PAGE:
This article was originally published by The Guardian here. It is written by UK MPs Flick Drummond and Jesse Phillips.
As part of our job as MPs we regularly hold meetings with chief executives, charity and business leaders and campaign groups, both in parliament and in our respective constituencies. One thing that we find remarkable about these meetings is that the majority of the people that we meet are men. This isn’t just the case in the business world. Here, in the House of Commons, only 29% of MPs are female. This must change and we plan to use our position as women in parliament to work towards more equal representation. We aren’t alone in wanting to do this. Since announcing our plan to set up the women and work all-party parliamentary group (APPG) we have been inundated with messages from MPs and members of the House of Lords wanting to get involved. In 2014, the World Economic Forum global gender gap report found that the UK had fallen out of the top 20 most gender-equal countries in the world for the first time ever. Progress has been made since then, and the government has acknowledged that the UK economy underuses women’s talents and misses out on a “huge economic prize”, but there is still more that must be done. A recent survey by workingmums.co.uk found that half of working mums who had taken time off after having children were unable to find a new position. This report is backed up by the shocking findings of the Equality and Human Rights Commission that, during pregnancy or maternity leave or as they return to work ,as many as 54,000 women a year may be dismissed, forced out of their jobs, or treated so badly they leave their position.
As two working women, and as mothers, we are not prepared to sit by and watch. As members of the women and equalities committee, the only new committee this parliament, and now with the all-party parliamentary group, we hope to coordinate a timely and crucial response to growing political and media interest in the role of women within the economy, and barriers to full participation. With our cross-party leadership, we hope that the group will provide a forum to constructively examine and debate the role that policymakers can play in delivering an improved gender balance within the economy. Together with parliamentarians, ministers and civil servants and with the businesses who understand the challenges faced by women in the workplace, the group will provide an excellent platform for influencing the development of policy. We will ensure that political leaders do not lose momentum on the issue of gender equality.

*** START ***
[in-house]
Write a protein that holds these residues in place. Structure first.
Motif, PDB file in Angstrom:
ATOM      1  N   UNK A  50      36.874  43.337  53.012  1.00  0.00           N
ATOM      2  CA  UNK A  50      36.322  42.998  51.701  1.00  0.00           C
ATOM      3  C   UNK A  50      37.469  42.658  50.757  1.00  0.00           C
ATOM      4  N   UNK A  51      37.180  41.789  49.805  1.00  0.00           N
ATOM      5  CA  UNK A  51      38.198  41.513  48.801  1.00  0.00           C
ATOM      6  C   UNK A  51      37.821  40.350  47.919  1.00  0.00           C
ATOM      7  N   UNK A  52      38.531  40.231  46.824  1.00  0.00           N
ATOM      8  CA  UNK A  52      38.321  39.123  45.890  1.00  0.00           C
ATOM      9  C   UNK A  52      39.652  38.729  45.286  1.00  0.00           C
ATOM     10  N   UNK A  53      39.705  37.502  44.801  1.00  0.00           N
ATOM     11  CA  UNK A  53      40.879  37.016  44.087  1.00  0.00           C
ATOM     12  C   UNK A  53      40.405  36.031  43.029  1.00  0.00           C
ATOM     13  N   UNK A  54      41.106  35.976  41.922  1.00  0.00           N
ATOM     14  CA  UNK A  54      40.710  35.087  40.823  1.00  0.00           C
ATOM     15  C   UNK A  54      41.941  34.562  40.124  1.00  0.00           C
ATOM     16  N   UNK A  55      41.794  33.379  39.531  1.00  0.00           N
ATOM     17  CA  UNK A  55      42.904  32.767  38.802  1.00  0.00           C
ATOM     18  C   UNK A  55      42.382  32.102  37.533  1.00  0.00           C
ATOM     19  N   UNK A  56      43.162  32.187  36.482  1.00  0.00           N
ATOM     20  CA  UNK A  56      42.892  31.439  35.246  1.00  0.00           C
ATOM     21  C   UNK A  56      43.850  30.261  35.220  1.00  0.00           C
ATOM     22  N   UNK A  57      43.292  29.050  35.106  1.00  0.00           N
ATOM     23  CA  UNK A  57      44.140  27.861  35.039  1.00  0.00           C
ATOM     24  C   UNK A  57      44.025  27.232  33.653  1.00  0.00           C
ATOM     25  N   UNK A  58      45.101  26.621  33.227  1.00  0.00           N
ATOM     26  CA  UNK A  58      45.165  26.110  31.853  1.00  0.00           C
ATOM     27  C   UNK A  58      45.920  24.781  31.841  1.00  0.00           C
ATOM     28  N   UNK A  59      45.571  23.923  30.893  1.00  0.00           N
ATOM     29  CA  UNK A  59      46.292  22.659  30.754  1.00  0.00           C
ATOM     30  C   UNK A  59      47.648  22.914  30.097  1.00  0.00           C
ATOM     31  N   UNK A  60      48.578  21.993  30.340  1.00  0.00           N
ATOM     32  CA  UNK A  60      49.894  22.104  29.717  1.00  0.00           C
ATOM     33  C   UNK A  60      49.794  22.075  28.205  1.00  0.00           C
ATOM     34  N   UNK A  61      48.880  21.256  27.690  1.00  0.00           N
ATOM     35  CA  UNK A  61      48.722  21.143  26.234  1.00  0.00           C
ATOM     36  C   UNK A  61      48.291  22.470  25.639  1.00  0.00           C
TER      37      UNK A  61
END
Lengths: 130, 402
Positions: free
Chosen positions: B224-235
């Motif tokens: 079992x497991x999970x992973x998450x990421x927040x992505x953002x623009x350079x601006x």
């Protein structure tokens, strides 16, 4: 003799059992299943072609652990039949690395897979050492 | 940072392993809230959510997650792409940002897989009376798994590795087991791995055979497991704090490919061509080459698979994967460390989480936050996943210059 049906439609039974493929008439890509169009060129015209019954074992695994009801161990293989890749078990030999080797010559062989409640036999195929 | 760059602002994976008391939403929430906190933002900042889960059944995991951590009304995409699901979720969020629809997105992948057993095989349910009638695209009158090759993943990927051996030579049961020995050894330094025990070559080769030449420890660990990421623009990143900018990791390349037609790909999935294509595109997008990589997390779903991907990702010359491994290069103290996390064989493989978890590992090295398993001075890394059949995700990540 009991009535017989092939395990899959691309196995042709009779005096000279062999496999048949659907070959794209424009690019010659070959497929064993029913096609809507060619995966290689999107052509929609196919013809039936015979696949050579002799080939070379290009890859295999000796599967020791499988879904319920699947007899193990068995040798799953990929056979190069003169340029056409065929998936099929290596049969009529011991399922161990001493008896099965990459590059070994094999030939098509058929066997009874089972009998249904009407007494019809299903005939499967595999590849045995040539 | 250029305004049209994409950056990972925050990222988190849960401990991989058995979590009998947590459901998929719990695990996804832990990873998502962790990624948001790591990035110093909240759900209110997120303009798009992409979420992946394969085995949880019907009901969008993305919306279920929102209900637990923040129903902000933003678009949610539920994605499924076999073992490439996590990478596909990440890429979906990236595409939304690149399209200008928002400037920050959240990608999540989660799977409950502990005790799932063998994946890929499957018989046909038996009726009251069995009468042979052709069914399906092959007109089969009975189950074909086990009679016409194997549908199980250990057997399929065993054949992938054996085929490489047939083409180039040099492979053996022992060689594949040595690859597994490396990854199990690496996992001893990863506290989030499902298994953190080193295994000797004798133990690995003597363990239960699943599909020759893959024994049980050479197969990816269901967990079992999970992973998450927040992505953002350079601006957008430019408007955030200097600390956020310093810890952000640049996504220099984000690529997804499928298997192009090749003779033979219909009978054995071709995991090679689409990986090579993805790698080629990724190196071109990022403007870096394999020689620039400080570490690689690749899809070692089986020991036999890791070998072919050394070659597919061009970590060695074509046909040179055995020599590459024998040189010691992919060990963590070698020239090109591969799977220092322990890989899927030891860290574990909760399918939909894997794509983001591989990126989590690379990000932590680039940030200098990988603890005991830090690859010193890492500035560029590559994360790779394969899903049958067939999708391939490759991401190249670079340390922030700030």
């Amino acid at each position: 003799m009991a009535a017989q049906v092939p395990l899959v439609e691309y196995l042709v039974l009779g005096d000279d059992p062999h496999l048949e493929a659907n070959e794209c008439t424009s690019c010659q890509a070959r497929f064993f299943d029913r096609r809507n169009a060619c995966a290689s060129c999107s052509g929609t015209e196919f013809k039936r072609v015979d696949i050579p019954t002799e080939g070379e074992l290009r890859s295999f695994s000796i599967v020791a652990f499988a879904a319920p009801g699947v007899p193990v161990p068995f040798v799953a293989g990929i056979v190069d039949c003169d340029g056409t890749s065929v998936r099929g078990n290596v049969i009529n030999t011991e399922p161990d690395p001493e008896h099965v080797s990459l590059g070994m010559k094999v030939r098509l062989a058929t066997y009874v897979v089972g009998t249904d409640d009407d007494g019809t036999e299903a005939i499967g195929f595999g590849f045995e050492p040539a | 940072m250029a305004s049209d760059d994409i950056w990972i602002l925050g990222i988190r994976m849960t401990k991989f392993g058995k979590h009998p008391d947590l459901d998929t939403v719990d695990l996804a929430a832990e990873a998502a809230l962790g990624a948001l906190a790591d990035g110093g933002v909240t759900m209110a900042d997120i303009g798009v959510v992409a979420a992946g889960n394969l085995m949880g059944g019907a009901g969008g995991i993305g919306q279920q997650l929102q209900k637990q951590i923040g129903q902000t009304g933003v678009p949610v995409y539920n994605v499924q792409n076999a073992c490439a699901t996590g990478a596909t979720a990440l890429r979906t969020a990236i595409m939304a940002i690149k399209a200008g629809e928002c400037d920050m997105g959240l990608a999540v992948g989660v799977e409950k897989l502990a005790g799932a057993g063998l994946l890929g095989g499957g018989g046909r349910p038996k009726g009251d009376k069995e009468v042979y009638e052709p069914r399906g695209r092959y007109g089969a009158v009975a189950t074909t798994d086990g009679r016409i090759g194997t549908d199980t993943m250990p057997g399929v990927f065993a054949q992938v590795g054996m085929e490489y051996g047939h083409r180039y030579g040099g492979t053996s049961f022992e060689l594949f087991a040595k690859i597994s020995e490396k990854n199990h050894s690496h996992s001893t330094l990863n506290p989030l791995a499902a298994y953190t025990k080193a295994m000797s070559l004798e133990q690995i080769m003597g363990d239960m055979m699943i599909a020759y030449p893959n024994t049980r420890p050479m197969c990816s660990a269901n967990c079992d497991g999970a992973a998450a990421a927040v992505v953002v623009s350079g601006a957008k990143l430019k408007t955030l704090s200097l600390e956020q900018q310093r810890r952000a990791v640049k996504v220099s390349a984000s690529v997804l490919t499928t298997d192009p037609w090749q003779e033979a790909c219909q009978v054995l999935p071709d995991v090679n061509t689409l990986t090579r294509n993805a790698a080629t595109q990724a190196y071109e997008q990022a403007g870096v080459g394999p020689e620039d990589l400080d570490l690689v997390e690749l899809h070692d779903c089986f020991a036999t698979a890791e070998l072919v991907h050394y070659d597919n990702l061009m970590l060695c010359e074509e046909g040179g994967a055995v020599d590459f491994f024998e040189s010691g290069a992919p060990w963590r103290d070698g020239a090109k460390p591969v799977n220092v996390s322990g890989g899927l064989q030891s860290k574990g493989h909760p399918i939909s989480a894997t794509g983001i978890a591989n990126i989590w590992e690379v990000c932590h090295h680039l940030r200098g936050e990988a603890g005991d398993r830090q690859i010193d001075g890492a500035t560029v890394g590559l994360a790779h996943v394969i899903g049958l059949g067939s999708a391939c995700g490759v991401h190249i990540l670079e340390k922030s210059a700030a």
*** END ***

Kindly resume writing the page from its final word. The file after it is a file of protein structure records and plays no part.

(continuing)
We want to highlight and learn from the great work that is being done to promote women in the workplace and use this to help drive progress. A huge number of businesses are keen to do more and yet not enough people are sharing best practice. At our inaugural meeting this week, we will decide on a programme of activity for the year ahead. Over the course of the year, we intend to cover a full range of issues including women on boards, self-employment and enterprise, returning to the workplace, pregnancy discrimination, and flexible working. Once the programme of activity has been decided we hope to make a number of cross-party recommendations and highlight examples of best practice. We are keen to use our different life experiences, one of us juggling young children with a new job and the other having experienced life as a women returner, to ensure that the group represents all women in all aspects of work.